“What did you think would happen?” asks Murphy in her hospital bed.
“I thought photovoltaics and the Internet would save the planet. I thought Fresh Fields and Ben & Jerry’s were signs that society could save itself from collapse.”
Murphy laughs and coughs. It hurts her to move, but she laughs at me the way she did twenty years ago, and I recognize the grimace. She thinks I lost touch with reality long ago. When we met?
“Did you think you were always going to be some kind of Bambi?” she asks.
“It’s like you grew up in a meadow . . . happy in some mother’s shadow for a little too long. Maybe that’s what happens to poets, they’re protected longer than the rest of us. We have to fight in small, mean ways to stay alive, to succeed. Ask for a raise, arrange a divorce, pay for a kid’s lessons on a cello, but a poet avoids all that.”
Murphy isn’t smiling as she says these things, and a nurse watching her starts to frown. The nurse purses her lips and I know it is time for me to go. I stand up and Murphy coughs again; the nurse and I shrink from contamination.
“I met you when you were Bambi, and I never thought you would end up stinking of opinion and routine and too much steak and ice cream,” says Mirinda. “You’ve become a man.”
I kiss Mirinda on the forehead even as the nurse recoils at such a bad idea. Mirinda closes her eyes so she won’t see me leave. She’ll be dead in hours, and nobody is here to hold her hand. We are all too scared of infection. But not me. With the tumor in my lung and my plans for murder in my blood, I march like a zombie towards the end of my existence. Months ago, visiting Mirinda like this would have swelled me with despair or rage. But now, I fear only falling behind my schedule.
And I drive out onto the range with Muse blaring on the stereo, a pack of swallows dancing beside me, either for protection or to be protected, headed toward the purple clouds of the mountains and a man named Farley who I will befriend in a day and ask him dozens of questions about his autistic son before I push Farley down a slope of slippery shale toward the trap he’s set for his enemy, the coyotes he hates so profoundly. Maybe it’s an official job, his extermination of what he calls civilization’s parasites, and maybe his concern for his son and family and neighbors is real and deep, but I have no qualms about shooting him in the face with his own weapon and jamming him into his own trap. The swallows will be with me the entire time, a chorus flitting around the deed, a witness for the future, a translator for the coyotes living on reprieve.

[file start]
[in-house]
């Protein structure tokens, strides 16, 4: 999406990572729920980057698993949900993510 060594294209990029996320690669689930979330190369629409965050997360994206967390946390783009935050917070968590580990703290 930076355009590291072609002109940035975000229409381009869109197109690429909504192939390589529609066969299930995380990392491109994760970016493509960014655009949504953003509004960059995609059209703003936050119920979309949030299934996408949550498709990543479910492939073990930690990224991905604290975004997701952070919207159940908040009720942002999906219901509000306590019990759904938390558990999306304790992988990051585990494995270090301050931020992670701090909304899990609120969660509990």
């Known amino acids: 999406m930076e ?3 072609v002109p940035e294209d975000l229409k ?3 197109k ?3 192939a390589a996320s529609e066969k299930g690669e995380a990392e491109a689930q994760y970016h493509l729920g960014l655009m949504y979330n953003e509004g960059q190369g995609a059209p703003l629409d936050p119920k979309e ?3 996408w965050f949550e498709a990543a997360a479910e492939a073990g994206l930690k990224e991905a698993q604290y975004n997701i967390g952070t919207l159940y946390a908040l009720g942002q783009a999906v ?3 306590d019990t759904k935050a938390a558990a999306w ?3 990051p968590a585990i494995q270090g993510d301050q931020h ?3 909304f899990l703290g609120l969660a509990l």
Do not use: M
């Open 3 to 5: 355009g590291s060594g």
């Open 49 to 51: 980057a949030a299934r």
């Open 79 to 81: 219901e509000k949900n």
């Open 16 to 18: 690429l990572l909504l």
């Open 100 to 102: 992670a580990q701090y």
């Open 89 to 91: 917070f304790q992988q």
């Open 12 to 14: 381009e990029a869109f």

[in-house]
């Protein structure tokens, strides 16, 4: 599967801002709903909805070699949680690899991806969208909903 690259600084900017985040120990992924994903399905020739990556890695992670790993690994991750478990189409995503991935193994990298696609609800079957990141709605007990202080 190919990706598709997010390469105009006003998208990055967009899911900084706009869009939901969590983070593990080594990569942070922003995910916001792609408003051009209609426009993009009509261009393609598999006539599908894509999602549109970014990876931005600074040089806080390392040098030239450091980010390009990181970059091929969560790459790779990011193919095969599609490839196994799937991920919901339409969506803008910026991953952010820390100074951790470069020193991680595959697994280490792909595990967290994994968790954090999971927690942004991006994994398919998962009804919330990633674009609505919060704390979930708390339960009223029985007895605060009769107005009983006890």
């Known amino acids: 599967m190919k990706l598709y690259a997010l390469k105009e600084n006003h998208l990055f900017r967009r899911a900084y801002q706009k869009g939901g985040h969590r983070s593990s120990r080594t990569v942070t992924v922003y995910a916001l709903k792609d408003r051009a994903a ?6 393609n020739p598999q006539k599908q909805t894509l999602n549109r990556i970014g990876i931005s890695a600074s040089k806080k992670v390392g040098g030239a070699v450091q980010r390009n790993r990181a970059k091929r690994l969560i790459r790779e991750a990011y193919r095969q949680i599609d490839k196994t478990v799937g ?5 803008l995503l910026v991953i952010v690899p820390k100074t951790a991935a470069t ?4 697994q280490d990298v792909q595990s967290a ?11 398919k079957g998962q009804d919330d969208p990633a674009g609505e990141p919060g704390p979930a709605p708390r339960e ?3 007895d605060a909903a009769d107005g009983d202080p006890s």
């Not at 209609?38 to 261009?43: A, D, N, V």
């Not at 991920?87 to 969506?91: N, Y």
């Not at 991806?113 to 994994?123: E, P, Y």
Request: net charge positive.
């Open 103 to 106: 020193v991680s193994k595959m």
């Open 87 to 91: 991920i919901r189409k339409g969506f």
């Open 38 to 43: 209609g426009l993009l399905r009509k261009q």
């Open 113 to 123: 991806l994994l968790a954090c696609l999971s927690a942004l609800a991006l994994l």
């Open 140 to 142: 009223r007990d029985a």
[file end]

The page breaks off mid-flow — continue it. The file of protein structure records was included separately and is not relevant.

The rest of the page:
But I have no future. I will be on the front page myself the very next day, but not for anything having to do with Farley, the varmint exterminator of western Colorado. And the next evening on the national news I see my own doctor holding up an x-ray of my chest and saying I have no tumor. I was shown the wrong x-rays, says my doctor. You have no tumor.
“Hey, Doc, it’s me, Sean.”
“The FBI are on the phone –”
“Cool. I’m on the road. I just wanted to check with you about those x-rays.”
“You must think it’s a trap.”
“No, you guys have made mistakes with me before.”
“I’m sorry about that, as you know.”
“So there’s no tumor?”
“I already threw away the meds.”
“But you still have the prostate medicine, don’t you?”
“I threw that away, too.”
“The prostate has to come out.”
“I know. It will have to wait, because I’m behind schedule.”
“Excuse me, this is Ashley White, Federal Bureau of Investigation.”
“I hope you’re doing something about the music industry, Detective White.”
“Why did I have to buy ‘Dark Side of the Moon’ seven times at fifteen bucks a pop when the price should have been half that?”
“That’s got nothing to do with me --”
“Get on it, then. Investigate the music industry.”
“You and I have some other things to talk about --”
And I hang up on Detective White. Drive another three hundred miles slightly east to Taos where there is a hot springs as good as anything in Iceland. Three cascading levels and a view of ten miles in all directions, so I can’t be snuck up on by either yuppie or cowboy. I will look for Shirley Maclaine and Julia Roberts in the supermarkets while I buy dragonfruit and Asian pears, and I will visit galleries to look at the O’Keefe derivatives, and I’ll read the local classifieds as I sup chai in a coffee shop that looks like a sushi bar. I will buy some pretty stones, a chunk of dendrite, perhaps, and release them back into the desert. I’ll pay for the stones with the cash I pulled out of Farley’s wallet, but I make sure to pay for the chai with my own money.
There will be messages on my cell phone from doctors and law enforcement and some astonished friends who have just seen me on the news and think this must be some sort of grand performance art piece, but there will also be, surprisingly, a message from Murphy. She will have lasted a day longer than I thought she would:
“Thanks for visiting and I’m sorry I coughed, but I remembered your story about the woman who had a stroke in Yellowstone and how you promised you would take her to see the gorillas in the Congo as you held onto her paralyzed foot. How romantic your story was. But you never finished it. I suspect she figured out that all you wanted was a cuddle for the rest of your life, and she went somewhere else to have a baby instead of to be used up by you without any reward. Because at least the baby would be there when it was time to kiss her goodbye. And you, you are never on time. Take care of yourself, and listen to the people who love you.”